Generally, in determining the Medicaid eligibility of a person receiving nursing facility services, any gifting of assets made by the applicant within the “look back period” will render the person ineligible for Medicaid for a period of time equal to the value of the gift divided by the regional rate. Under current law, the look back period is the five (5) year period prior to the date of application. A gift is defined as any transfer of assets for less than fair market value.
Many people do not realize that your everyday common gifts are captured by this widely cast net. For instance, paying for your grandchildren’s college education, assisting a financially troubled child, and contributions to your local church are all considered gifts for purposes of determining Medicaid eligibility for nursing home care. A common misconception is that you are allowed to gift $14,000.00 each year without incurring a penalty for Medicaid eligibility purposes. This is incorrect.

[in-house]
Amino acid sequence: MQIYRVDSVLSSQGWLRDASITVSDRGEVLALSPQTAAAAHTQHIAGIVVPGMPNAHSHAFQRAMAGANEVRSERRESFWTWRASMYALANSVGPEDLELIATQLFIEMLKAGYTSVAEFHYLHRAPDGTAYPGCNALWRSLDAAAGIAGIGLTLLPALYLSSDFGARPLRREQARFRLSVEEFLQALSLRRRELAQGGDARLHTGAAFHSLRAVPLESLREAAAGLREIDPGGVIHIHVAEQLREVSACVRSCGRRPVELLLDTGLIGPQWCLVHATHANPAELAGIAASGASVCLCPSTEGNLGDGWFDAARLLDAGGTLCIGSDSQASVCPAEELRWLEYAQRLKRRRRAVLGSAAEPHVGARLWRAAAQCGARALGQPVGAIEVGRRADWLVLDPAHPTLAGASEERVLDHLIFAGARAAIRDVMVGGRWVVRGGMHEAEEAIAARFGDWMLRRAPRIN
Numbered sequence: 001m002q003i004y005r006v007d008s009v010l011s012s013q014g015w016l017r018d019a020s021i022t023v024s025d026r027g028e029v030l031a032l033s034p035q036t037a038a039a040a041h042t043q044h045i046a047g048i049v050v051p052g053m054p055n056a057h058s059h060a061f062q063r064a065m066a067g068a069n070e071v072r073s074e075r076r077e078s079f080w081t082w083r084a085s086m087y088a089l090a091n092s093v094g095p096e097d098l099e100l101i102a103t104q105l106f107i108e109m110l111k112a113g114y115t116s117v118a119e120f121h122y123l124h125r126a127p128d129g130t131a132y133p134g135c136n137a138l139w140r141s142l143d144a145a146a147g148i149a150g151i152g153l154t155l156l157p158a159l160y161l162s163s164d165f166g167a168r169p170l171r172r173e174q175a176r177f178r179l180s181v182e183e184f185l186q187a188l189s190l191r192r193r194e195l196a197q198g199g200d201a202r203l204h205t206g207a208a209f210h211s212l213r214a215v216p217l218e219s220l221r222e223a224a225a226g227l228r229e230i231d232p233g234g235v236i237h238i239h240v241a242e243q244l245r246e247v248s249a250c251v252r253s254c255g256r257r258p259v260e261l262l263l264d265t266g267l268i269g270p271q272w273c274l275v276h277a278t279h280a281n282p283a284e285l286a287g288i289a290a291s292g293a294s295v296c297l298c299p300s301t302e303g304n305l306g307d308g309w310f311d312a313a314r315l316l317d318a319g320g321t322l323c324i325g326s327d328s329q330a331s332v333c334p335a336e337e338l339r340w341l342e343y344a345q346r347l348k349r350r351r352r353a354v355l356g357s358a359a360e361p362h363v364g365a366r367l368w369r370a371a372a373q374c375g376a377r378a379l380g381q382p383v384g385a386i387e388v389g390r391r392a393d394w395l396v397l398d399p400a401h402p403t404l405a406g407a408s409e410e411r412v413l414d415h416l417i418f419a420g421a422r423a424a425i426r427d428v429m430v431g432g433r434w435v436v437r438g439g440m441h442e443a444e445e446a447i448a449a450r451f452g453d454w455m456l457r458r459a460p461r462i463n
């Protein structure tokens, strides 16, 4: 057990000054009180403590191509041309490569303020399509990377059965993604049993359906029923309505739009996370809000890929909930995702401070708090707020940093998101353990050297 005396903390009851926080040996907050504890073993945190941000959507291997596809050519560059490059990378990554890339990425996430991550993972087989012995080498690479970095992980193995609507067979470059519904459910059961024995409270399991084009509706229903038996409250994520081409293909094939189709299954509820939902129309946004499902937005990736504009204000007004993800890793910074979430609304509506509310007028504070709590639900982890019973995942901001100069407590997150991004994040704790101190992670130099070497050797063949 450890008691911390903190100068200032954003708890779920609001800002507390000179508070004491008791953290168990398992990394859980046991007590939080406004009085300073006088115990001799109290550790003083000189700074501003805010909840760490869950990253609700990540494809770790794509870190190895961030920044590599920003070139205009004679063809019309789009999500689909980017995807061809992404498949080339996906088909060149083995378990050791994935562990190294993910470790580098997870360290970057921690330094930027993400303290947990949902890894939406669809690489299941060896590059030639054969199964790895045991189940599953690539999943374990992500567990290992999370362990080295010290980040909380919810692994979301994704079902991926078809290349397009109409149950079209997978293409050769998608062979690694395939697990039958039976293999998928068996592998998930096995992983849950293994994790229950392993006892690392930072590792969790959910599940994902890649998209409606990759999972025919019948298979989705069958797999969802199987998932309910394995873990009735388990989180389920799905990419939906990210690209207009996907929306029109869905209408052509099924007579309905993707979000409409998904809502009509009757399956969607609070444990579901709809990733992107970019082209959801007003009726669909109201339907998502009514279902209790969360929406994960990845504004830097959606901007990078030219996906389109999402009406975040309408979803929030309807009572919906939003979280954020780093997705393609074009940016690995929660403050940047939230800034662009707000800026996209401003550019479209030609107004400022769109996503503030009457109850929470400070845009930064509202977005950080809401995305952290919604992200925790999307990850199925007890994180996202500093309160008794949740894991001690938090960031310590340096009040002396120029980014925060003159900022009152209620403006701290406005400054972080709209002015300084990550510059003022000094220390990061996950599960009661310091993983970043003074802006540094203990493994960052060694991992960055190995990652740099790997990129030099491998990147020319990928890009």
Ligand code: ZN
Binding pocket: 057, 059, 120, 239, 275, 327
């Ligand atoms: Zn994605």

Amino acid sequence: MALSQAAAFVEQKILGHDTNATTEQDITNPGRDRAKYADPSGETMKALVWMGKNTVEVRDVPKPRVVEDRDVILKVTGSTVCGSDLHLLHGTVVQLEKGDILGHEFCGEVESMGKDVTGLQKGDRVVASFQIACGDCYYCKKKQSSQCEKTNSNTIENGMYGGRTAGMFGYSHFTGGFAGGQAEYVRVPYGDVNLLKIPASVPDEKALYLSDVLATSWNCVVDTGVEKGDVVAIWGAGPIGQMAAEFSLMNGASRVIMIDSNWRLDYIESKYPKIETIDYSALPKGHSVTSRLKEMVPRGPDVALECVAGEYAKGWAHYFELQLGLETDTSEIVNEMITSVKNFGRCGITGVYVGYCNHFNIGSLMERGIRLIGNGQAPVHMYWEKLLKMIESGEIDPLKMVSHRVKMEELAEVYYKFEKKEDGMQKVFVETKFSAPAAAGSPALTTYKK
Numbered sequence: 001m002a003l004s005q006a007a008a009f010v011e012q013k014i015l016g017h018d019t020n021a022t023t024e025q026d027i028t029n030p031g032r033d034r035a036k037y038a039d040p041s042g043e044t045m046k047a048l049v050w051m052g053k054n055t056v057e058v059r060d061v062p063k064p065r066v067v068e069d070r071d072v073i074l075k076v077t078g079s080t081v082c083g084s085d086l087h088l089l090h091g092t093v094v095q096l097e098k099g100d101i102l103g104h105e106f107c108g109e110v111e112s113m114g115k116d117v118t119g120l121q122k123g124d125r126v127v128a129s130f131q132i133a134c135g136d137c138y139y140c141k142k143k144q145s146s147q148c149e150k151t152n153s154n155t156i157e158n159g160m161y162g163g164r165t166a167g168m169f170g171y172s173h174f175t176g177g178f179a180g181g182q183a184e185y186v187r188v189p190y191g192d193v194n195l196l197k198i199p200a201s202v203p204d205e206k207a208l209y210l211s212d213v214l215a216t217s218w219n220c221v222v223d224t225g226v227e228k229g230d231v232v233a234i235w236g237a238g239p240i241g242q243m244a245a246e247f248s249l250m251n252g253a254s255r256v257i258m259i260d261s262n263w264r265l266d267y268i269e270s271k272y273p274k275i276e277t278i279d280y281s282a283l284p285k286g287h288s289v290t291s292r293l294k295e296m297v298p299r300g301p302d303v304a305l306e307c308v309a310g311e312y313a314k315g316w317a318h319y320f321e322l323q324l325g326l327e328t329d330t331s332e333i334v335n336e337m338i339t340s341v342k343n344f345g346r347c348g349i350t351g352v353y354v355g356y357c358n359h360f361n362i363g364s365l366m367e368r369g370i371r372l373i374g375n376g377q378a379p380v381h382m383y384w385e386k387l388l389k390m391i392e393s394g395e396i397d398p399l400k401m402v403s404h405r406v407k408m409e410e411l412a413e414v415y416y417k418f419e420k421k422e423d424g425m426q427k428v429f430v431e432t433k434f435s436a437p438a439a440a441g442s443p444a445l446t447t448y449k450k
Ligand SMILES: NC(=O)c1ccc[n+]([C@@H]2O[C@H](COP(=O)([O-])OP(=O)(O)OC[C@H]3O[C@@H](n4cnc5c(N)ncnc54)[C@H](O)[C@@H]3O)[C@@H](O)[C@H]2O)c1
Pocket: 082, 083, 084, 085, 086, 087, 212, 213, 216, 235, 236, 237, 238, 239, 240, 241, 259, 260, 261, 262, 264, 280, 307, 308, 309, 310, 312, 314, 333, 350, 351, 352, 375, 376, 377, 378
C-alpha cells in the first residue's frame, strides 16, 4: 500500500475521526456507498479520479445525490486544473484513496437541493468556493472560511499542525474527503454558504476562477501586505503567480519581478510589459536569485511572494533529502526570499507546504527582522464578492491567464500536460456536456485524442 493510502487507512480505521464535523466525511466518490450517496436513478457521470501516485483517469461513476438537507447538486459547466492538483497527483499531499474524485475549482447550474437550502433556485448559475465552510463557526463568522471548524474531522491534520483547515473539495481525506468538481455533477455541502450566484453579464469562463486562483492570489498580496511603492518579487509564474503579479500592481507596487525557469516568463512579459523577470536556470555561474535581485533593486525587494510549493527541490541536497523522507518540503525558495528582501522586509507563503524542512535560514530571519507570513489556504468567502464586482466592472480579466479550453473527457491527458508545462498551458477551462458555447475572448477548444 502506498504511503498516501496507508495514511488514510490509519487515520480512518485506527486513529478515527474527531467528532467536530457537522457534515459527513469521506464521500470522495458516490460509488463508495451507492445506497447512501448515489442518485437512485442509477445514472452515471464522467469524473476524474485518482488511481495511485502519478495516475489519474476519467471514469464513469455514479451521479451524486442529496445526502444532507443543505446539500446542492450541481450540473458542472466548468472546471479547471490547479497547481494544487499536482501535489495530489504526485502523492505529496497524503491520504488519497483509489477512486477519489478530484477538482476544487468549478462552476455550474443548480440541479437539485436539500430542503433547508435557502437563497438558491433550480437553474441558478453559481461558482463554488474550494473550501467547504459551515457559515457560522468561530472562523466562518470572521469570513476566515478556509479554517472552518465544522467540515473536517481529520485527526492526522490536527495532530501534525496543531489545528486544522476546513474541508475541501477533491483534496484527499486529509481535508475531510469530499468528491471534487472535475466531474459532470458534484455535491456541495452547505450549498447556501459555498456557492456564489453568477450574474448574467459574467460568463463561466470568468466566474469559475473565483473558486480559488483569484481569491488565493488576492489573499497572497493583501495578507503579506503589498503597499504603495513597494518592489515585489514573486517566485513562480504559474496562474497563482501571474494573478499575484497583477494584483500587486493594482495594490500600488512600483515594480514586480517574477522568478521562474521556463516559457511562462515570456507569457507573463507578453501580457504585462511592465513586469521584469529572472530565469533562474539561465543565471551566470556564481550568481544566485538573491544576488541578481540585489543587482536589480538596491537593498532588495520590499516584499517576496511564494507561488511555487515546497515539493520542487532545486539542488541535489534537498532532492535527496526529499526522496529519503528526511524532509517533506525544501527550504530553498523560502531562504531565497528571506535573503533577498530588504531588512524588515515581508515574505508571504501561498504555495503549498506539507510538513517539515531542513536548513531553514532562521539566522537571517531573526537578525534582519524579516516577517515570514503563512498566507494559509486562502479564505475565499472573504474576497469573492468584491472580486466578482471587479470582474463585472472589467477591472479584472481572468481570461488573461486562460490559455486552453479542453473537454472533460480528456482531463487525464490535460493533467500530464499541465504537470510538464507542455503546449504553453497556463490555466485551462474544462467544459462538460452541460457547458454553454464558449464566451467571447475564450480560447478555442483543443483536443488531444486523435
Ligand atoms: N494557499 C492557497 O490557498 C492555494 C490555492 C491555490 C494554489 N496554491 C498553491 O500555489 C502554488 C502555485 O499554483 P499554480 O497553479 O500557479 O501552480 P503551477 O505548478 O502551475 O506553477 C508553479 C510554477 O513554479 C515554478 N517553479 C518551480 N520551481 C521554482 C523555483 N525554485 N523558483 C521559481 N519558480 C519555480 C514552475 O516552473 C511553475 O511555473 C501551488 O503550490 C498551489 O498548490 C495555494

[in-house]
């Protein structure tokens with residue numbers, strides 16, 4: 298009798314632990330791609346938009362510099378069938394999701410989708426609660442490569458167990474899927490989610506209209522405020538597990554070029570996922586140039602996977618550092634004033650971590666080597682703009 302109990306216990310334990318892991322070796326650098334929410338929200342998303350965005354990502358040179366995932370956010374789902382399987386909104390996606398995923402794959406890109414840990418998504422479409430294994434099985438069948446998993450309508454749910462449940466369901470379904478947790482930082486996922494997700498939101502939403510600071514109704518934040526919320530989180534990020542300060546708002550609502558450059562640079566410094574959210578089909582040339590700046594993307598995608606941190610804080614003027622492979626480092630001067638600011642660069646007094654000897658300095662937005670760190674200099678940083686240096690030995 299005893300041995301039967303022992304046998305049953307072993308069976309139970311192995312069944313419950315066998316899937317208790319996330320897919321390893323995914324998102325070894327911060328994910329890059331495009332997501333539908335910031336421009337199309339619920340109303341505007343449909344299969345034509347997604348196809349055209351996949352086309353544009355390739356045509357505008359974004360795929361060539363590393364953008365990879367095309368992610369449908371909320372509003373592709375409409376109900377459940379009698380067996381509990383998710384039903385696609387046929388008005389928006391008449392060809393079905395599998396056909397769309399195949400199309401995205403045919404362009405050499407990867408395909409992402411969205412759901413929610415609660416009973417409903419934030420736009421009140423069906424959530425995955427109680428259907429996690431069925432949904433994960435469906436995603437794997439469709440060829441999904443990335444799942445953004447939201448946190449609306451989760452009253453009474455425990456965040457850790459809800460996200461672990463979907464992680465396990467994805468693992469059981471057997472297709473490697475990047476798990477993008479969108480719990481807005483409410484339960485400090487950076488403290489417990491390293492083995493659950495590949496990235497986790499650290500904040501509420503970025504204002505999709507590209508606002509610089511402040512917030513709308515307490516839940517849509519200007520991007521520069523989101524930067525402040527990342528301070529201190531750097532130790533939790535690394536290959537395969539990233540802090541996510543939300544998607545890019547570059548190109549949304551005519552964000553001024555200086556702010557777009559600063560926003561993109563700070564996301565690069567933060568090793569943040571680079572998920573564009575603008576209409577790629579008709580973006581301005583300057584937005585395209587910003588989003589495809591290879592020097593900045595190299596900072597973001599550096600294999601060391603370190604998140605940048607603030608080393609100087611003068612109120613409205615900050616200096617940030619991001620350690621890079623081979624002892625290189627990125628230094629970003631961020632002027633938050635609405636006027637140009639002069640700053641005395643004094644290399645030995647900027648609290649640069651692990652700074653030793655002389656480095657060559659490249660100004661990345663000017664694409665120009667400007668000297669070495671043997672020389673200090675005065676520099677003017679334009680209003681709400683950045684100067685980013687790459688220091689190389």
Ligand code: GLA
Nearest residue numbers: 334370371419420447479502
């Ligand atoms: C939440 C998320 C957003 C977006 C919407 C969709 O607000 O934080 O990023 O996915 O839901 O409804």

In 2017, the annual gift tax exclusion for federal gift tax purposes is $14,000.00. That means that you can open the phonebook and give everyone in the phonebook $14,000.00 this year without filing a gift tax return. However, federal tax law has nothing to do with Medicaid eligibility rules. If you are gifting $14,000.00 each year, those gifts will be evaluated for Medicaid eligibility purposes.
Given the economic environment, it has been increasingly common for me to encounter situations where gifts have been made by applicants to their children or grandchildren during the look back period which is giving rise to a more complicated Medicaid application process.